How To Diagnose Diffuse Axonal Injury (DAI) of the Brain: by San Diego Brain Trauma Lawyer Mark C. Blane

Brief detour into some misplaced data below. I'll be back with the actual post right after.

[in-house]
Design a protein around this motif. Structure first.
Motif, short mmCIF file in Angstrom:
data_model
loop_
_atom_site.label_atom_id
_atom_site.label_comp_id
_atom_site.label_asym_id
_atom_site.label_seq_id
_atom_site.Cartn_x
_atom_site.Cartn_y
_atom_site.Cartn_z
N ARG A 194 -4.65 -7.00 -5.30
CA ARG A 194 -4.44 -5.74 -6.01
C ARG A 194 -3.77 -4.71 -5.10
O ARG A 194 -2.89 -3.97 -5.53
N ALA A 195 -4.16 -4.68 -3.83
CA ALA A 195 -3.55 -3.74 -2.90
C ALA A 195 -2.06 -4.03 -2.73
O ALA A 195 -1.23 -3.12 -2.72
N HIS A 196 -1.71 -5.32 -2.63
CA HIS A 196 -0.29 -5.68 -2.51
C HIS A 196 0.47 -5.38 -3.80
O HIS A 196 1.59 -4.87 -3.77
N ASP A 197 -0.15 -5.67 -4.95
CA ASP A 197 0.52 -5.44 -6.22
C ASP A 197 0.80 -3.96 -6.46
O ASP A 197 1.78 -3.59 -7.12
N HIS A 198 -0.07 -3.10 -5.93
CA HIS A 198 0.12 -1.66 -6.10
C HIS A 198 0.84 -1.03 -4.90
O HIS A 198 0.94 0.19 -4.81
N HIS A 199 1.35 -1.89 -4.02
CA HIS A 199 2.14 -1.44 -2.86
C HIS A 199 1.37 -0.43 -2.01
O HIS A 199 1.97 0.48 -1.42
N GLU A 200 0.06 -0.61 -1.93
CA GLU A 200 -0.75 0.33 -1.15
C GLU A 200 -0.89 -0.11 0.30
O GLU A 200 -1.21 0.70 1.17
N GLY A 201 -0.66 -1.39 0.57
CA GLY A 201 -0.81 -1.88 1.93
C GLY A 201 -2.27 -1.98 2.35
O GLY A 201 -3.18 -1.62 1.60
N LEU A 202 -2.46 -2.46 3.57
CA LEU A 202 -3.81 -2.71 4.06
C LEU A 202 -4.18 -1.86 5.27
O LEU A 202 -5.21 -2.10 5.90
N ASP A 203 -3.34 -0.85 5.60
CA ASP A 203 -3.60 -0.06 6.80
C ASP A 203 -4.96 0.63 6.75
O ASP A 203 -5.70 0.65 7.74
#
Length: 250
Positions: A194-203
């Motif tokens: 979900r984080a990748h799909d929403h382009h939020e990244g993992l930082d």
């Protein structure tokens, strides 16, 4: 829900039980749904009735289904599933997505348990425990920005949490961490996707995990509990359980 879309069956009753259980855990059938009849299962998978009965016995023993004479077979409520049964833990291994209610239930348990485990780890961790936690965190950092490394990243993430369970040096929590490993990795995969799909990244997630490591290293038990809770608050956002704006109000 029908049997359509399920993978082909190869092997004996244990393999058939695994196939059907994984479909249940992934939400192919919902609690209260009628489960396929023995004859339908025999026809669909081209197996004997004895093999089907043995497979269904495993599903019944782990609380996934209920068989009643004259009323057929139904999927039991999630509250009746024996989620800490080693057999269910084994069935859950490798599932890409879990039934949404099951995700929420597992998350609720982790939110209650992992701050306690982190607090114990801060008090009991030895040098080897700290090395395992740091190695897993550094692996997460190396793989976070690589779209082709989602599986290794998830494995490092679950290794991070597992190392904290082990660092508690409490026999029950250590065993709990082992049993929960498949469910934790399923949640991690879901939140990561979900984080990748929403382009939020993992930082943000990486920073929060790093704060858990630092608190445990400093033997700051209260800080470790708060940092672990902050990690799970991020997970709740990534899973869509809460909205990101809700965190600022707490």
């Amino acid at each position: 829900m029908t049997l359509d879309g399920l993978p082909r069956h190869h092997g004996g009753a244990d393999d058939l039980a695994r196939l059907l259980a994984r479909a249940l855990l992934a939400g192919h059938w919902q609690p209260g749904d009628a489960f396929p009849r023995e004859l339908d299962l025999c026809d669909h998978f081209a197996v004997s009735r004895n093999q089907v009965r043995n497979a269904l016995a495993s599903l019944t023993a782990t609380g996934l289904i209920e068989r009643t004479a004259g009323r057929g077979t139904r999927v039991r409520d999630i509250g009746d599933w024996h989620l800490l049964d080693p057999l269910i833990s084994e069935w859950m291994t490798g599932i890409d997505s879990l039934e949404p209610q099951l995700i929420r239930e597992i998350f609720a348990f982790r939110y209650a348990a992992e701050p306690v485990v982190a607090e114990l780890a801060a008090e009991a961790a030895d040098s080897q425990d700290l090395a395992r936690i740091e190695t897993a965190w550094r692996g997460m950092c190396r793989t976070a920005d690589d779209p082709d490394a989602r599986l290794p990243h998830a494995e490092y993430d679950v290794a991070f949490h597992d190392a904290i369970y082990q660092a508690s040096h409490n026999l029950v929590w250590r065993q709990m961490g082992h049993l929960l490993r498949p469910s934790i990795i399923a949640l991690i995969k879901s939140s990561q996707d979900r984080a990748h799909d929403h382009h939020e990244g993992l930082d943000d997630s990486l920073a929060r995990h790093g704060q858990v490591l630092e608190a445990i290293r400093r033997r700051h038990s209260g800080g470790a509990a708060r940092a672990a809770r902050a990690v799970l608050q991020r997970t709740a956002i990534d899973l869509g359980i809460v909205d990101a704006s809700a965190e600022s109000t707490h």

This type of injury is difficult to diagnosis properly as it does not show up very well with typical CT scans of the head/brain. This is because the injury is more microscopic as opposed to macroscopic; thus, CT Scans, and MRI scans sometimes miss the injury. However, more modern tests are becoming available like MEG, and PET Scans. For example, there is Diffusion Tensor Imaging that is available to show the degree of white matter in the brain. The other tests can measure chemical flows in and out of the brain too. DAI also has delayed onset since it is primarily a biochemical deterioration. This is important for a lawyer handling a DAI case because he or she must be aware of this medical fact and consult with the doctors who are treating the patient. You have to be able to prove DAI in Court in order to establish the damages. due to the delayed onset is yet another reason why negative MRI and CT scans usually do not pick up the damage.
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